• Moreover, by helping ensure the Services (CMS). OIG enforcement are frequently most familiar withsubmission of clean and timely claims, efforts are conducted through audits, regulations affecting coding, billinga well-designed compliance program investigations and inspections. and reimbursement.can speed payment and reduce billingerrors and denials. In today’s climate As part of its mission, the OIG Identifying the Risksof flat or falling reimbursements, publishes guidelines for establishing With leadership in place, the next taskoptimizing revenues arguably is just voluntary compliance programs is to identify and prioritize risks facingas critical for physicians as reducing for different kinds of healthcare the organization. For physician groups,regulatory exposure. organizations. These guidelines offer a areas of highest risk typically include framework for creating a program that coding and billing, reasonable andMany physician groups that rely on incorporates elements the OIG deems necessary services, documentation andan outsourced vendor for their billing essential. In late 2000, for example, improper inducements, kickbacks andservices erroneously believe the the OIG published OIG Compliance self-referrals.vendor’s compliance plan fully protects Program for Individual and Smalland indemnifies the practice against Group Practices. One of the best ways to define risk isregulatory problems. Although the to become familiar with the currentvendor’s program may serve as an Although some compliance specifics activities, plans and policies of theimportant safeguard, in the eyes of will differ depending on the physician’s HHS OIG. Each fall, the OIG publishesregulators, it is no substitute for a plan specialty and the organization’s areas a document called the Work Plan. Thethat is designed and managed by the of highest risk, the guidelines offer Work Plan provides a detailed roadmapgroup. an ideal introduction to the overall of the areas and topics the OIG will be subject and detailed suggestions for focusing its enforcement efforts on inMaking the Commitment creating an effective program. The the coming fiscal year. The document isIt is important to remember that model compliance programs cancreating a viable compliance program found at www.oig.hhs.gov/fraud/requires a commitment of both time complianceguidance.html.and resources, whether the initiative isdeveloped internally or with the helpof an outside expert. Essential Program ElementsThis commitment must be sustained Designating a Leaderonce the program is completed to One of the first steps in creatingensure effective implementation a viable compliance program is toand genuine buy-in throughout the designate an individual who will haveorganization. A plan that looks perfect primary responsibility for overseeingon paper but gathers dust on a shelf the creation, implementation andis hardly worth the effort required to operation of the initiative. Thiscreate it. In fact, it can be counter- person may be a physician with anproductive. Federal investigators take interest in compliance or perhaps ana dim view of inactive compliance office manager. Whoever is selected, organized by type of healthcare serviceprograms, since regulators may the person should be trustworthy, and offers a wealth of informationlogically assume that the plan was respected and have enough authority about the specific kinds of regulatorycreated for show only. In addition, they to ensure proper implementation and scrutiny provider organizations canwill hold an organization accountable execution of the program. expect. A careful reading of the Workto its own standards, even if those Plan will give compliance directorsstandards are not operational and Those who should not be considered for compliance leadership are invaluable insight regarding aspects ofeven if they exceed the government’s their practice that may attract scrutinyrequirements. individuals who are intimately involved in the financial aspects of the practice. in the months ahead. The Work Plan While these persons may have the can be found at http://oig.hhs.gov/OIG Compliance Guidelines necessary skills, the perception of publications.html.A useful place to begin whendeveloping a compliance program is a conflict inevitably will arise if the Another way to evaluate for potentialwith the guidance published by the same individual or department is risks and staying abreast of industryDepartment of Health and Human responsible for both reimbursements activities that may potentially affectServices’ Office of Inspector General and regulatory compliance. your practice is to read advisory(OIG). The OIG is responsible for opinions published by the governmentenforcing laws and regulations That said, it is important that the billing manager or chief financial as well as updates published by CMSinvolving all HHS divisions, including and your Medicare Carrier on theirthe Center for Medicare and Medicaid officer play a central role in developing the compliance program, since they respective Web sites. Commercial 2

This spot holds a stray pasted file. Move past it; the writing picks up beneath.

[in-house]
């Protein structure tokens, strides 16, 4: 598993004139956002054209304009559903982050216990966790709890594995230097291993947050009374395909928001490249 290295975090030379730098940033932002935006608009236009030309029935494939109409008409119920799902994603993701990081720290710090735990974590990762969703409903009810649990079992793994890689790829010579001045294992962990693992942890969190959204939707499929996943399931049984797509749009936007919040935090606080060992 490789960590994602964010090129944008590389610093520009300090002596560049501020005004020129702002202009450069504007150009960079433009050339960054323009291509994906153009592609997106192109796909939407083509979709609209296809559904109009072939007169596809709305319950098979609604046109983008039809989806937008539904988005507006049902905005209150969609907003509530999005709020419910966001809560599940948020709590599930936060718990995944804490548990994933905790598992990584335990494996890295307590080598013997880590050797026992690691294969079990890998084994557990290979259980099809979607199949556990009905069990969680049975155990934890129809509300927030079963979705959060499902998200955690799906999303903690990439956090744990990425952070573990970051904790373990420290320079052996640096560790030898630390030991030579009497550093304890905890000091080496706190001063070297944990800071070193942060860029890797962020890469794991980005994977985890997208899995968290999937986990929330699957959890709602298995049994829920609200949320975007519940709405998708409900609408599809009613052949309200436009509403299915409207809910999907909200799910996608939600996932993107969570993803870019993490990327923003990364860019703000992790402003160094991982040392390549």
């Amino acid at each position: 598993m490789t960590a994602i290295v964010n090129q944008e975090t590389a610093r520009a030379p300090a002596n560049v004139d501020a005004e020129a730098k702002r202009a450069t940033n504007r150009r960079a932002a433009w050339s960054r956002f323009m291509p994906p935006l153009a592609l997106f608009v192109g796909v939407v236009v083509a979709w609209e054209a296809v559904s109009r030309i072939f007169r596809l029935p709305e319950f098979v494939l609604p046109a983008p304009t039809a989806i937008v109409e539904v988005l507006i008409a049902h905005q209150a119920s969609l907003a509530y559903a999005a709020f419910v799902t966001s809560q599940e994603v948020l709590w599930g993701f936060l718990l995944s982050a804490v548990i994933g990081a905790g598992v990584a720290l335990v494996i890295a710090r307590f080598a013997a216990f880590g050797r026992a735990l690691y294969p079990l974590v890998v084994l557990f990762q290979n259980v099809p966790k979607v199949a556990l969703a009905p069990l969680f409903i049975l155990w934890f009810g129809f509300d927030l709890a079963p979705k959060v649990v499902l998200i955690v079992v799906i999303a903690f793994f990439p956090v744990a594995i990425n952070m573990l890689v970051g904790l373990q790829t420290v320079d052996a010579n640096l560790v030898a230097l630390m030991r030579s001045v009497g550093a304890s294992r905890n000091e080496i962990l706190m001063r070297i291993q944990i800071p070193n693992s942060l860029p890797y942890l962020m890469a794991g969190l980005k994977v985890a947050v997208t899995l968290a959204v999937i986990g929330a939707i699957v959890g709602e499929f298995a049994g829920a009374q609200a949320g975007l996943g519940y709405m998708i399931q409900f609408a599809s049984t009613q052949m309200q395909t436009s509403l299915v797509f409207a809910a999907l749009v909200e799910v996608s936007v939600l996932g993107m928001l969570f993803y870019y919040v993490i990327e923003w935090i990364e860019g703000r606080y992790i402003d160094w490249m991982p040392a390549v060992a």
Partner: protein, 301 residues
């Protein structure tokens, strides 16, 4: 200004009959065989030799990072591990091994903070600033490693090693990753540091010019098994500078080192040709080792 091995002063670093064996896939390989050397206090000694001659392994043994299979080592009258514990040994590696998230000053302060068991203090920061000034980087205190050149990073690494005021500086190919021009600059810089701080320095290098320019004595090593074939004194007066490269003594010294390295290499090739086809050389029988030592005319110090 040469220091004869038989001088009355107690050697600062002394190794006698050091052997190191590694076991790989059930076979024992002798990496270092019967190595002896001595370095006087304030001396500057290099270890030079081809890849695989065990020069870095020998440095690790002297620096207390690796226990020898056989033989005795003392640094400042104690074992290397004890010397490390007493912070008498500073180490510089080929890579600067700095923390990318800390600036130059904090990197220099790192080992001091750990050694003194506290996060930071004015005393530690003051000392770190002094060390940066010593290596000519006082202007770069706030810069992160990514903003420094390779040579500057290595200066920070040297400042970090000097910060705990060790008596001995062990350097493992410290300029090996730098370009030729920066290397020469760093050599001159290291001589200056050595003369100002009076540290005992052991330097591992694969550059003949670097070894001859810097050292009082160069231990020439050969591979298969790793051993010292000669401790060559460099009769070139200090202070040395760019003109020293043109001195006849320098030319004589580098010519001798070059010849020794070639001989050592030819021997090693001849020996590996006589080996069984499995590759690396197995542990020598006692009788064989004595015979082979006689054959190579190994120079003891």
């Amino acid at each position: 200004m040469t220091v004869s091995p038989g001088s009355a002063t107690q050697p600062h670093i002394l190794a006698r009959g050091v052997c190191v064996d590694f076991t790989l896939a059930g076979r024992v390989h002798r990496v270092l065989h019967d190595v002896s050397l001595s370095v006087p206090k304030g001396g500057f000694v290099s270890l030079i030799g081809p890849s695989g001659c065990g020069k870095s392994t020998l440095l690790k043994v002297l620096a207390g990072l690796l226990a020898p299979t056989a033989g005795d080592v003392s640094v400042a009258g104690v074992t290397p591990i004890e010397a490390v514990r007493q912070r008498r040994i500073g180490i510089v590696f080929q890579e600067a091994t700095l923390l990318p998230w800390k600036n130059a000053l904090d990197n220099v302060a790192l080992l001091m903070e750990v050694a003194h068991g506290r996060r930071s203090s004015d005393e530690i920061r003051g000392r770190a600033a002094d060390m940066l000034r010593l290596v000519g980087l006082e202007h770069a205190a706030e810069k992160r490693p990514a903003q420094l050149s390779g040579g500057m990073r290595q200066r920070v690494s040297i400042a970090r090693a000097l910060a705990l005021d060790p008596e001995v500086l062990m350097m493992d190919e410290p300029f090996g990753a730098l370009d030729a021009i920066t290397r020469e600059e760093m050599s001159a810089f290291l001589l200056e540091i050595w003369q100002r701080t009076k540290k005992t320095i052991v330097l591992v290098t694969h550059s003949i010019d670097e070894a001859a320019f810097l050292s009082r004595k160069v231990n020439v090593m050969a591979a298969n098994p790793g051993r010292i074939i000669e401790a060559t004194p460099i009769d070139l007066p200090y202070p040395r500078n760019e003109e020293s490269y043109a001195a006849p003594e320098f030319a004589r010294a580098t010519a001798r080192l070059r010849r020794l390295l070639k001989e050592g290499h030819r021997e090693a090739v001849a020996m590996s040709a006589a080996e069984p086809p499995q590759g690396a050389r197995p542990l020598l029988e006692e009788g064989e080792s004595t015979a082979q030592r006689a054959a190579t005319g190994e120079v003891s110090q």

• payors will also frequently publish - Discount arrangement After initial training is completed,potential issues on their Web sites. - Credit balances mandatory refresher courses for bothAdvisory opinions published by the general and position-specific trainingHHS OIG can be found at www.oig. Training and Education should be offered at least once a year.hhs.gov/fraud/advisoryopinions.html. Creating training and educational initiatives for individuals within the Monitoring and AuditingPolicies and procedures organization – including physicians, Tracking or monitoring the efficacy ofPolicies and procedures are the billing managers, coders and office a compliance program is accomplishedheart of any compliance program. managers – is next. Training should through regular assessments of workGenerally speaking, policies need to be be developed along two tracks: products and processes. For example,constructed around specific risk areas. Comprehensive training that includes a supervisor in the billing area couldClearly defining appropriate procedures general regulatory guidance for pull 10 bills each week to ensure thatand protocols for those aspects of the new and existing employees, and all data fields were properly completed,business subject to regulatory authority specialized training for unique the diagnoses were appropriatelyis critical to successful compliance. job positions and roles within the linked and the information enteredCompliance directors can utilize the organization. matched the charge documentOIG Work Plan, Model Compliance completed by the physician. From thisGuidelines and the appropriate CMS An example of a comprehensive process, areas of deficiency will beregulations to craft specific rules training topic would be educating readily apparent. These deficiencies,regarding employee or physician physicians and staff about the in turn, can become the focus of aperformance and expectations. appropriate use of the Advanced more formal and comprehensive audit Beneficiary Notice (ABN), a Medicare process.Some examples of policies that should document used to inform patients thatbe defined include: a particular service may not be paid Audits provide valuable snapshots of- Privacy and confidentiality for by Medicare and as a result may be overall compliance performance. It is the patient’s financial responsibility. An frequently worthwhile to conduct a- Record retention preliminary or baseline audit before example of a position-specific training- Practice standards topic would be educating coders the compliance program is initiated about the correct use of Modifer 25, a to gain additional insight into specific- Coding and billing processes coding designation used to ensure that risk areas and vulnerabilities. Like- Documentation compliance programs themselves, a particular office visit is considered- Standards of contact as “a significantly separate service” audits need to reflect the from other procedures performed on organization’s highest-risk activities.- Financial policies the same patient the same day and therefore can be billed separately. 3
  • Enforcement and Discipline Organizations that take complaints About the author:Compliance directors should also seriously, thoroughly investigate Bess Ann Bredemeyer, BSN, RN,formulate clear policies that outline questionable actions and promptly CHC, CPC joined McKesson inspecific consequences for employees act to mitigate violations once they 2005 and is Director of Compliancewho fail to meet or adhere to defined are identified will create a culture ofstandards or procedures. heightened compliance awareness Services, responsible for consulting throughout the organization. services related to physician codingDisciplinary programs should be and compliance practices. She hasprogressive in nature and be linked to An Ounce of Prevention more than 22 years of healthcareappropriate remedies, ranging from In today’s healthcare environment, experience and was previously theadditional training and education to regulatory mistakes can enormouslytransfer, suspension and termination. damage an organization’s finances Compliance and Privacy Officer for and reputation. It is therefore critical a large academic health scienceFor example, if the baseline audit that physicians establish, execute and center. Bredemeyer has also workedreveals that a specific provider is sustain compliance programs that with healthcare defense attorneysmaking significant and/or repetitive effectively address high-risk regulatorydocumentation errors, then that and physician state licensing boards areas. These programs will mitigateprovider should be informed of the providing coding, compliance, billing compliance risk and also help buildproblem and his or her performance good will with regulators. In addition, and privacy consulting services. Sheshould be included as part of a follow- they can help streamline revenue cycle has guest lectured at physician forumsup audit. If necessary, re-training operations and improve cash flow. and residency programs, and she hasshould be provided. If the problem taught graduate classes includingpersists, additional training should be This article is the first in a series ofmandated, along with a requirement three articles by Bredemeyer on health law and physician practicethat the provider reimburse the compliance and physician practices. management. Bredemeyer received hergroup for the cost of audits and Bachelor of Science degree in nursingin-service. A letter of reprimand and chemistry from Texas Christianmay also be appropriate. Continued University in Fort Worth, Texas. She is adifficulties could result in suspension or certified professional coder (CPC) andtermination. member of the American AcademyMitigation and Prevention of Professional Coders (AAPC) whereThe success of any compliance she has held several senior positionsprogram ultimately depends on the including local chapter president. Sheextent to which the organization is is an active member of the Health Carecommitted to actively identifying andresolving regulatory problems. One Compliance Association and is certifiedway to build this commitment is to in healthcare compliance (CHC).create channels of communication thatallow employees, business partnersand others to easily convey regulatoryconcerns to the appropriate individualor department without fear of penaltyor retaliation. Anonymous hotlines areuseful tools in this regard.McKesson Provider Technologies5995 Windward Pkwy. www.mckesson.com/practiceconsultingAlpharetta, GA 30005 1.800.789.6409Copyright © 2007 McKesson Corporation and/or one of its subsidiaries. All rights reserved. ART601-11/07 4